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Life of house arrest awaits Guantanamo detainees on return to UK

FIVE British residents held in Guantanamo Bay could be placed under control orders when they are returned to the UK following a request for their release from Gordon Brown, the Prime Minister.

The Home Office plan has emerged after the United States government stepped up its warnings about the five men, claiming they posed a terrorist "risk" and accusing one of direct links to al-Qaeda's leader, Osama bin Laden.

Mr Brown last week formally requested that the US release the five men from its controversial Cuban detention camp.

The Pentagon accuses the five of terrorism, but has refused to make public the intelligence it says justifies their captivity.

The only UK nationals held in Guantanamo Bay were released last year, and campaigners have since focused on the five foreign nationals held there who were legally resident in the UK when they were taken into custody.

The five are: Shaker Aamer, a Saudi national; Jamil el-Banna, a Jordanian; Libyan-born Omar Deghayes; Ethiopian national Binyam Mohamed; and Abdennour Sameur, an Algerian.

To warn about "the risk these individuals pose," the Pentagon yesterday made public allegations that Mr Aamer was a trained terrorist with links to the highest levels of al-Qaeda.

"He has been involved in a lot of significant terrorist plots," Sandra Hodgkinson, the Pentagon's deputy assistant secretary of defence for detainee affairs, said yesterday.

Mr Aamer lived in south London before being detained in Afghanistan by US forces in 2001. Through his lawyer, he has denied any wrongdoing or involvement with extremism.

But according to Ms Hodgkinson, he once lived with a 9/11 conspirator and received regular payments from bin Laden.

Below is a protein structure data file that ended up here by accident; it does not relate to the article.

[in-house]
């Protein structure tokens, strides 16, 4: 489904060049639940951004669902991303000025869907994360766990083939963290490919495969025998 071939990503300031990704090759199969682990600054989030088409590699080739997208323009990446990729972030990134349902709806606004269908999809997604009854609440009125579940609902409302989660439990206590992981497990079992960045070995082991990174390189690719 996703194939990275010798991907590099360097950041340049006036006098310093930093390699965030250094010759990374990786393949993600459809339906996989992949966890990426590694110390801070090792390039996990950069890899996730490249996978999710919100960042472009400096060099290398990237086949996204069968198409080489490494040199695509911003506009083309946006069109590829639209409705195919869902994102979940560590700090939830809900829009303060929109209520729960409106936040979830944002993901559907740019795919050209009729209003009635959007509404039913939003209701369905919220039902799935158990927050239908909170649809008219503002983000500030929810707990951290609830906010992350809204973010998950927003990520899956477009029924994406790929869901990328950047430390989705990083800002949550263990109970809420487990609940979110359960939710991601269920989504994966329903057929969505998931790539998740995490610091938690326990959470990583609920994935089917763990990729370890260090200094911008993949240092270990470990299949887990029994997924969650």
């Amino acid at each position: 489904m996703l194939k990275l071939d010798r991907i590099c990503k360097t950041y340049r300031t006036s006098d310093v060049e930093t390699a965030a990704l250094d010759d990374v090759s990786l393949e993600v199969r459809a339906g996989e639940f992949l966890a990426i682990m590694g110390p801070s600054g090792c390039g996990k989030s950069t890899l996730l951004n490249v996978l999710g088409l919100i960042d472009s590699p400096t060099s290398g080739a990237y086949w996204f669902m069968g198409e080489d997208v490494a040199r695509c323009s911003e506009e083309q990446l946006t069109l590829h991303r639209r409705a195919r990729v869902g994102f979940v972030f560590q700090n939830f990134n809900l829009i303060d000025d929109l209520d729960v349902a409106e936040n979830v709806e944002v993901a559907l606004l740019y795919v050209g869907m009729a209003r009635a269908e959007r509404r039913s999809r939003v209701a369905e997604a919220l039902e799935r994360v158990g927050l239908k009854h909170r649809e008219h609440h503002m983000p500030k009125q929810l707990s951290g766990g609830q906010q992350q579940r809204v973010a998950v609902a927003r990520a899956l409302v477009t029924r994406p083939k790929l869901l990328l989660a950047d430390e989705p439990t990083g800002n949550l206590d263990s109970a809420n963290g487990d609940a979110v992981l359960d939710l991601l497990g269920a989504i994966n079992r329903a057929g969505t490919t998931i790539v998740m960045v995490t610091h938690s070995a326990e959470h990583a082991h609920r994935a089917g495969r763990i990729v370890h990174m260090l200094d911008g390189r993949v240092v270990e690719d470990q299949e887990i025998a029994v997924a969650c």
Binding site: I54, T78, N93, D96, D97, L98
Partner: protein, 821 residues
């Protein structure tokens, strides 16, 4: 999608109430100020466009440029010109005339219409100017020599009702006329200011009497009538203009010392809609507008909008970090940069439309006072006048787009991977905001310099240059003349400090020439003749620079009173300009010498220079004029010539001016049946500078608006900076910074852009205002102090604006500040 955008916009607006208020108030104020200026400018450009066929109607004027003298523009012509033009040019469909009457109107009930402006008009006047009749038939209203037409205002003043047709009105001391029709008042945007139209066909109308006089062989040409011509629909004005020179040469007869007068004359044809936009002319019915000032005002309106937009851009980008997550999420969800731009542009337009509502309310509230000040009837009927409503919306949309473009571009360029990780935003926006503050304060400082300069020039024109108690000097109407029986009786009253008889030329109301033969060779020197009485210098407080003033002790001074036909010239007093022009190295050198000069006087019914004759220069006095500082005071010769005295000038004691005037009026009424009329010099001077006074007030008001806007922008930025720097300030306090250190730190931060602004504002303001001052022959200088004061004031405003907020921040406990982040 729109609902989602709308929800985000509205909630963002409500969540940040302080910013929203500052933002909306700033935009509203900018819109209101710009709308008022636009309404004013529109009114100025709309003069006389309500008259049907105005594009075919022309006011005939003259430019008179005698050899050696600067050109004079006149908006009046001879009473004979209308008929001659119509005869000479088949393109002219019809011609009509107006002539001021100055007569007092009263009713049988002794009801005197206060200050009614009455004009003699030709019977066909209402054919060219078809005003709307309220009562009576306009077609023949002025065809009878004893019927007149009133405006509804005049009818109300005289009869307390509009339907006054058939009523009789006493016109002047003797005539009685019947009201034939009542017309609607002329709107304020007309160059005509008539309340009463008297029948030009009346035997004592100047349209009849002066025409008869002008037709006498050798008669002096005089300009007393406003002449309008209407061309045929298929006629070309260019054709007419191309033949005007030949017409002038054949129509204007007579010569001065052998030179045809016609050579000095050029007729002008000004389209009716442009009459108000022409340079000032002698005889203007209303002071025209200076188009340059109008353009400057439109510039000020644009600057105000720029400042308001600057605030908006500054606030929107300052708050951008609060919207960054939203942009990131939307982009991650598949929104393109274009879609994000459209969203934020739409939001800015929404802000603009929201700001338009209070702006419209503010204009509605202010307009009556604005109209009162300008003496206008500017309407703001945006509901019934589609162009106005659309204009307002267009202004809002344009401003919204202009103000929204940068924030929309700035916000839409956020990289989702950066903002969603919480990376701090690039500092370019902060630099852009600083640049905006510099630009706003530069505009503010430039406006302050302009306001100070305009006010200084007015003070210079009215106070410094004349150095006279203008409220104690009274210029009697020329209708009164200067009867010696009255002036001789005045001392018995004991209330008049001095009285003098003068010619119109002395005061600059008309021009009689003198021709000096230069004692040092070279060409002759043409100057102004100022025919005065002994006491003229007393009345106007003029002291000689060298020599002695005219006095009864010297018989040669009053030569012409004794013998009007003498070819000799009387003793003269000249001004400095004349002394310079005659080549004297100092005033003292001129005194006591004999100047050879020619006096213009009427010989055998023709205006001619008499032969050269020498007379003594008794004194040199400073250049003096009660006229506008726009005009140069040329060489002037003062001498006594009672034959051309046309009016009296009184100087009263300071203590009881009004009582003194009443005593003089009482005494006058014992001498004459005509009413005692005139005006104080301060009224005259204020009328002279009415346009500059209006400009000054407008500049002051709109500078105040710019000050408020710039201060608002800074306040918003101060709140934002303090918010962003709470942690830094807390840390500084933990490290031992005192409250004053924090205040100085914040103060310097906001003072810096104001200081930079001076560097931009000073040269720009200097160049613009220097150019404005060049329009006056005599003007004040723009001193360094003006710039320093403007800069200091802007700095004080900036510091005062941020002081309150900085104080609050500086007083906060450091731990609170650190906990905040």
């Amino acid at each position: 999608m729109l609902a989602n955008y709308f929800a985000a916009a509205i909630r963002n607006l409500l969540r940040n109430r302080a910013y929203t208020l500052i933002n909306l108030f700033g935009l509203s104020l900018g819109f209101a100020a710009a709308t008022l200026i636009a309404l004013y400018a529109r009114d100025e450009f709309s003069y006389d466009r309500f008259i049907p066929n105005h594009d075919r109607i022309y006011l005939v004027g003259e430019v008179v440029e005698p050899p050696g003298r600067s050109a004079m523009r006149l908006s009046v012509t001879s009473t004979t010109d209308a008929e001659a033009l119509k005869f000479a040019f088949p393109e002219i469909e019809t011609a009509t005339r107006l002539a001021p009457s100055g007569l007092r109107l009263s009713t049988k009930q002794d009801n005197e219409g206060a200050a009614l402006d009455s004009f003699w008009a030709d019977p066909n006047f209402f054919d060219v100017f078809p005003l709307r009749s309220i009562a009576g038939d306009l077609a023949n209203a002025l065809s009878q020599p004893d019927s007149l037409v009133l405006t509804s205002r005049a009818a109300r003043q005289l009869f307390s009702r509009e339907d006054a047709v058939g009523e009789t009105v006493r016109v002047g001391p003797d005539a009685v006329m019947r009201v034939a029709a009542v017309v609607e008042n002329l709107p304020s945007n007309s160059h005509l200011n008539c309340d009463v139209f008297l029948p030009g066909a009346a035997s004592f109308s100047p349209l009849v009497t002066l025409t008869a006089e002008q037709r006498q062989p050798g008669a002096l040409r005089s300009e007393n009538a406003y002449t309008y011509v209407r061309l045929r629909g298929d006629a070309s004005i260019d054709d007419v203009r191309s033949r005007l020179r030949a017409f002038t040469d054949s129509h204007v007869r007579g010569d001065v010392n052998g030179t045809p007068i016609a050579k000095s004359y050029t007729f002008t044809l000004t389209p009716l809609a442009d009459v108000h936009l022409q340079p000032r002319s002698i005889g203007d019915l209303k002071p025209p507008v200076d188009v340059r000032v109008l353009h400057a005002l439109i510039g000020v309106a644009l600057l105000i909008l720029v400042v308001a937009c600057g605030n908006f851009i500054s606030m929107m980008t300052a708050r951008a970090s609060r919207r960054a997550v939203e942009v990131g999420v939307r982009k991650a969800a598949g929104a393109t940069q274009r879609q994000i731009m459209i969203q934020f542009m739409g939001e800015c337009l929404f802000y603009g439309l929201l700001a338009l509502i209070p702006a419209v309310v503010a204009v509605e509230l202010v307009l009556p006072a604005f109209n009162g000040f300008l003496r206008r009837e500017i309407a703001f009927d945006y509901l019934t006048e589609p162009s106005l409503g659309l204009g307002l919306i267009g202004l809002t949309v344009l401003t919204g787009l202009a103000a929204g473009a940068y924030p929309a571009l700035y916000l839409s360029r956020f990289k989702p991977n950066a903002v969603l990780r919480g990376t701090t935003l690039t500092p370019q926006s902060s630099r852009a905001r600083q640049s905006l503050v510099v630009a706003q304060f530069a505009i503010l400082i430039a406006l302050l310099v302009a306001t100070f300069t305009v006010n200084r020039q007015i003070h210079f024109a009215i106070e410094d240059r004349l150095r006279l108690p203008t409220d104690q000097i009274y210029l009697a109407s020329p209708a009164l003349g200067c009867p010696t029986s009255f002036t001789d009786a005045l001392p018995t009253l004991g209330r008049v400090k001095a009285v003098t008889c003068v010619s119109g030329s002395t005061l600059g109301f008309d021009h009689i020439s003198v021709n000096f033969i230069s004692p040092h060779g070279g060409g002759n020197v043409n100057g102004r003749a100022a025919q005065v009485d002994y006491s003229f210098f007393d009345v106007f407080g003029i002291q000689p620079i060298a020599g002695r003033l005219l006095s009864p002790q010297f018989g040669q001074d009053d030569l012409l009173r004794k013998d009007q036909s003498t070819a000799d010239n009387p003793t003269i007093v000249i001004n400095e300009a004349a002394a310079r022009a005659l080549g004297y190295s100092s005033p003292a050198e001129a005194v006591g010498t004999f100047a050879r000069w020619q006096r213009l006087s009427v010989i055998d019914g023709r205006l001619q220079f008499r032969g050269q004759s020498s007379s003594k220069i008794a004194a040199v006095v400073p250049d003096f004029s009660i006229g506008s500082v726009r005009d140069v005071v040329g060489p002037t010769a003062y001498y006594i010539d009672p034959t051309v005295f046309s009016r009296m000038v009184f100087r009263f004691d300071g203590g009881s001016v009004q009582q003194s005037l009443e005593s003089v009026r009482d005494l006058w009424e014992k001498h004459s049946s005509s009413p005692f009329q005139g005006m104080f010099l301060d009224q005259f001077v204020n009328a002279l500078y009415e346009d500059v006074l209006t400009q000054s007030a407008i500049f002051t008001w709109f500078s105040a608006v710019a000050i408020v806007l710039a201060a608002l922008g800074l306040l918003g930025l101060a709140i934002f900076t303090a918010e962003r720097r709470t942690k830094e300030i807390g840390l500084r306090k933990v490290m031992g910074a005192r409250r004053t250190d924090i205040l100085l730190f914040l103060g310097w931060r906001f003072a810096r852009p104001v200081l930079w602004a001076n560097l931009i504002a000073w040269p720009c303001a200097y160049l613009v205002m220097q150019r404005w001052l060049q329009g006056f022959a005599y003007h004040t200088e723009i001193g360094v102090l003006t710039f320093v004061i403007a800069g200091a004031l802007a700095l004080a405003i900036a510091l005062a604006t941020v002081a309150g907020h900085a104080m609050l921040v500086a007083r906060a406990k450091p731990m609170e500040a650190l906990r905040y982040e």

She said Mr Aamer shared an apartment in London in the late 1990s with Zacarias Moussaoui, a confessed al-Qaeda conspirator and the only person in the US charged over the 11 September, 2001, World Trade Centre attack. He also met Richard Reid, imprisoned in the US for trying to blow up a US passenger jet with explosives hidden in his shoes.

The Pentagon chief said Mr Aamer had trained in the use of explosives and surface-to-air missiles and lived on stipends in Afghanistan paid by bin Laden.

In the Cuban camp, Mr Aamer, who once worked in a London solicitor's office, became an unofficial spokesman for many detainees, at one point organising a hunger strike.

His lawyer, Clive Stafford Smith, yesterday described Ms Hodgkinson's claims as "nonsense" and said the US authorities were persecuting him because of his status among the other detainees.

Claims by the US that the UK nationals are dangerous could prove embarrassing for Mr Brown if British intelligence officials share that conclusion.

MI5, the Security Service, is to conduct a full assessment of the five on their return to the UK.

Sources last night said if they were deemed a threat to UK security, the Home Office was prepared to impose control orders to restrict their movement.

A Home Office spokeswoman said the five would be subject to the "same security considerations that would apply to any other foreign nationals arriving in Britain".

• THE Ministry of Defence has admitted facing "challenges" over military-intelligence staffing levels amid warnings anti-terror operations could be compromised by the shortfall.

Around 20 per cent of officers have quit the Intelligence Corps in the past three years, with many leaving for lucrative private-security jobs, it was reported yesterday. Shortages have meant some staff are doing jobs for which they do not have the proper training or experience.

The MoD declined to comment on staffing levels, or to confirm that the ministry is considering offering intelligence officers a 50,000 bonus for three further years' service in a bid to stem further losses.

But a spokesman said: "We face challenges in recruiting and retention in specific areas in all the services, not just the army and not just the Intelligence Corps.

"We are trying hard to resolve them. Exit levels in some important areas are still too high and require us to work hard at retaining people. These are being monitored closely to see if there is a need to take further action."

 
 
 

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